Once you know these types of data-driven requirements, you can then start looking at the format of the legacy data and how you can get it out of the legacy system or systems. Then you start to consider how to convert the data and make it available for search, to support compliance, determining who can access it, etc., and you migrate the data into InfoArchive and retire the legacy application. You can repeat this process across a number of applications across your organization. This is where it really gets interesting, and the initial part doesn’t take very long.

For example, with BMO Harris Bank, we started a project, extracted data and retired a system, migrating 2 TB over a three-month period, also establishing a best practice for BMO. In another example, we helped a healthcare provider decommission 10 applications, including understanding requirements and developing customized search and reporting.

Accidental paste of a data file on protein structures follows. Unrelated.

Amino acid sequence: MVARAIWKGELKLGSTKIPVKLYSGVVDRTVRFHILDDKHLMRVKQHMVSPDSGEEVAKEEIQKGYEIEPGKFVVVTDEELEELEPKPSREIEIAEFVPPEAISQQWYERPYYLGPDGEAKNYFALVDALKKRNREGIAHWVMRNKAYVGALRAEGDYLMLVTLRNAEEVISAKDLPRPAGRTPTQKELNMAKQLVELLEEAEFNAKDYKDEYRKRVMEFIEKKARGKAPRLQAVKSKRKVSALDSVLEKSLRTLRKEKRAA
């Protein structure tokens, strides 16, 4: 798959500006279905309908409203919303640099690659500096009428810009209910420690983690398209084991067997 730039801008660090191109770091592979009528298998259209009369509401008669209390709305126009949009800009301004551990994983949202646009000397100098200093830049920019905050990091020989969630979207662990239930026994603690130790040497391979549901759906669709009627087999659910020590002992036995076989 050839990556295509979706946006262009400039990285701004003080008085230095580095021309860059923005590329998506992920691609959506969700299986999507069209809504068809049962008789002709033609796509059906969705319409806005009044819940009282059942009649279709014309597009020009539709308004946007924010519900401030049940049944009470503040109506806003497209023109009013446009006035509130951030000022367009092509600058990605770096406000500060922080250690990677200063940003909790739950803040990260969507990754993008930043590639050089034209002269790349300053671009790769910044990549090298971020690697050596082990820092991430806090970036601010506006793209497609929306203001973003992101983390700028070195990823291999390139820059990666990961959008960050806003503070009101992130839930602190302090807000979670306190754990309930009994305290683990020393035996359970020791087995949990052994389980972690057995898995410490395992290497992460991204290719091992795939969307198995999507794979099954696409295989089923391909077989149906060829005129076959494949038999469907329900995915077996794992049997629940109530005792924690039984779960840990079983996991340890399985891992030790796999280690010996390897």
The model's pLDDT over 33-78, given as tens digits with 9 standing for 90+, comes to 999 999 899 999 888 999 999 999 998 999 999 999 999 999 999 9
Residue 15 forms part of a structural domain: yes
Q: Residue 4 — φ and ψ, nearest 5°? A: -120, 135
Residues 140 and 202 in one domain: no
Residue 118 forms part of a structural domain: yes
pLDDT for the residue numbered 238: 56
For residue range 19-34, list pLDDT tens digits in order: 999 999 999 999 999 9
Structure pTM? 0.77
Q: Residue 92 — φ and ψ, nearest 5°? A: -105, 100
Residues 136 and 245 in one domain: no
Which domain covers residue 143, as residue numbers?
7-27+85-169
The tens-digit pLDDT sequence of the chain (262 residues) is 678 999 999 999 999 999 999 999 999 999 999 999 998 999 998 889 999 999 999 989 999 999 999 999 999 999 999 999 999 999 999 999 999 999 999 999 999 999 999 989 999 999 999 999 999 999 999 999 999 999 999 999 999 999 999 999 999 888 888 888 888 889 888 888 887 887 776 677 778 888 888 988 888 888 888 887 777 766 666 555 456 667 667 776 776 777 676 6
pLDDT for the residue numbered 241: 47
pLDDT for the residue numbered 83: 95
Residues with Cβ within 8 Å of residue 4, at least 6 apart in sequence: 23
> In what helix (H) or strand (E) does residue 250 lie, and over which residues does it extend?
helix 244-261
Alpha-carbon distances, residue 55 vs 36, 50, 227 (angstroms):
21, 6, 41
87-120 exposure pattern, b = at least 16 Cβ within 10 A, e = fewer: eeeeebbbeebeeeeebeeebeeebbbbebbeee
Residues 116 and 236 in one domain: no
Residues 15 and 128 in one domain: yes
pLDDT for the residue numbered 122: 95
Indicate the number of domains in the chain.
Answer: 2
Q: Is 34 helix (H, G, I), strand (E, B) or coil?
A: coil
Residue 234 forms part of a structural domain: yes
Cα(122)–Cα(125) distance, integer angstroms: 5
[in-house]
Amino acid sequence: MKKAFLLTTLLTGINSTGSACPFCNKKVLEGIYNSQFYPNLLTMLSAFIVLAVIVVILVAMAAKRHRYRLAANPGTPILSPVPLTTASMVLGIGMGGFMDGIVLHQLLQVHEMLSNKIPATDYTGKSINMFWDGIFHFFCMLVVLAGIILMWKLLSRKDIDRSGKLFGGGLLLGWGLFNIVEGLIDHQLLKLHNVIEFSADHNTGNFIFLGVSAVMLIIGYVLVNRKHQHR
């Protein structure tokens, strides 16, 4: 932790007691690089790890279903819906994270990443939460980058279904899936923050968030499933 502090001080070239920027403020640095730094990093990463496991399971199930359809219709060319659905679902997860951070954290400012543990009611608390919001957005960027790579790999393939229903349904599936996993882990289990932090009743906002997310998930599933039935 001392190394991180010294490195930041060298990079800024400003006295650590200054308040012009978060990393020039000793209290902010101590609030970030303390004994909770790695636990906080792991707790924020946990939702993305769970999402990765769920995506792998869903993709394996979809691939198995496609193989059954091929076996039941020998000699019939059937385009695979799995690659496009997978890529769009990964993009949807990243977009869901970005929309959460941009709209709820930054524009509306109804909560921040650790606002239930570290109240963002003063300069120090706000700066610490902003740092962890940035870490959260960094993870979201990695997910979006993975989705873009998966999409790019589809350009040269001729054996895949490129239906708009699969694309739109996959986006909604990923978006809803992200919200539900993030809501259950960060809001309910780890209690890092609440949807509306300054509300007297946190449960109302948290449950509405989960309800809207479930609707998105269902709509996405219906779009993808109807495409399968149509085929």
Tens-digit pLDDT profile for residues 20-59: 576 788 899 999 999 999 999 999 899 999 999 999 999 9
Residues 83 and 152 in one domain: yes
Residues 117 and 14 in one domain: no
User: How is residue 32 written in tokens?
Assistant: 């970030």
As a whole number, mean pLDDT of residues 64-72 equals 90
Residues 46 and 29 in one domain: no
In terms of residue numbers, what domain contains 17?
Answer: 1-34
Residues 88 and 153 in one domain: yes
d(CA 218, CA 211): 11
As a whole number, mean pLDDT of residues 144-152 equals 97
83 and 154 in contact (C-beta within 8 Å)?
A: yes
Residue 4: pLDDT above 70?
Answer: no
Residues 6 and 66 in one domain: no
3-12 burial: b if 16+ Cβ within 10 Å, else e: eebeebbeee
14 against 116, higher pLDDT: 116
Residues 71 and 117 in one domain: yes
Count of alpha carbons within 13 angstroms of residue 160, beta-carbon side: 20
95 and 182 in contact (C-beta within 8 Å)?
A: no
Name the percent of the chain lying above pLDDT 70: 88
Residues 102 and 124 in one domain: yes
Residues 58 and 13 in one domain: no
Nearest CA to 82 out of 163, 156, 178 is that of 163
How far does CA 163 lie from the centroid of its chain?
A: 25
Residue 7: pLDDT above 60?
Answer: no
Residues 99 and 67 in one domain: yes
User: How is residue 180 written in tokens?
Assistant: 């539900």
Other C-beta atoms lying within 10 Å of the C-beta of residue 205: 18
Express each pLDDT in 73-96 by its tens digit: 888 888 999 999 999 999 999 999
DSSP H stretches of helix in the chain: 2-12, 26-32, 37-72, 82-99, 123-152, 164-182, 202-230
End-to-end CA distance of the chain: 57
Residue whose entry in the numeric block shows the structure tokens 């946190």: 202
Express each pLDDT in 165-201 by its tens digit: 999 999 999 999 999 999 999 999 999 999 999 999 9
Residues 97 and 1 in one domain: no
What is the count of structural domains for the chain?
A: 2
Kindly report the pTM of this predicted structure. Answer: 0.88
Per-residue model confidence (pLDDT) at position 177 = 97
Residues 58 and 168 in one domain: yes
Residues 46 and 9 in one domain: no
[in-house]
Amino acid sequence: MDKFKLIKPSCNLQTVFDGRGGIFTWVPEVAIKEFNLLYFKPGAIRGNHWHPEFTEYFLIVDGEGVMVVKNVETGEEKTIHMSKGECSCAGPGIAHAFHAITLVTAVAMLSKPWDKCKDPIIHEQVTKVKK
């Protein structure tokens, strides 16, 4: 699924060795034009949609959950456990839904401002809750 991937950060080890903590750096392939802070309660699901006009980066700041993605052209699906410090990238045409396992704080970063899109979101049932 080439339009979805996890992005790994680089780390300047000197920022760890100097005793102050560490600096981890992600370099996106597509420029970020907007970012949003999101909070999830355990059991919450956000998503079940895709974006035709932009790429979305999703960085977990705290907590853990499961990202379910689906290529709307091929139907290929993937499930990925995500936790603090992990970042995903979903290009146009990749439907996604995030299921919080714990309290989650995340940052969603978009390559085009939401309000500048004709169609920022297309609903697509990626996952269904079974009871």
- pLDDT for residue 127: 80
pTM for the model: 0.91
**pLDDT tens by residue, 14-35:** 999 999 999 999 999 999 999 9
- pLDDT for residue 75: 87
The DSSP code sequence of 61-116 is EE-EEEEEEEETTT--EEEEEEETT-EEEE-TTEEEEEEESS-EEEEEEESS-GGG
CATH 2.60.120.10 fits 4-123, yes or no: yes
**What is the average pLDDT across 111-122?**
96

Q: Once the data is into InfoArchive, do you see customers wanting to run analytics on that data?

A: Yes, there are two parts to it. It’s not just about big data but data integrity as well. We’re taking data from one legacy system and putting it into another. We have to be able to verify that data that’s been extracted hasn’t been corrupted or changed. We do this along the way. In the broader sense of analytics itself, the nice thing about InfoArchive is that we can connect around big data. You may have some Hadoop initiatives or analytics running outside IT consolidation. What we’re able to do is take InfoArchive and make it look like a Hadoop endpoint and that lets customers participate in data lakes and broader analytics programs. This is very complementary from an analytics perspective.

Q: How does Flatirons help customers with the implementation of InfoArchive?

A: As a services provider, we help organizations work through the rationalization of how to tackle application decommissioning and how to identify opportunities and applications that are candidates for application retirement. Then we help clients execute their application decommissioning strategy. We can work up a “factory” or a best practices model across an organization that can exist beyond the project we do with a customer.

Q: Once a customer has an InfoArchive platform, can they decommission other applications without Flatirons?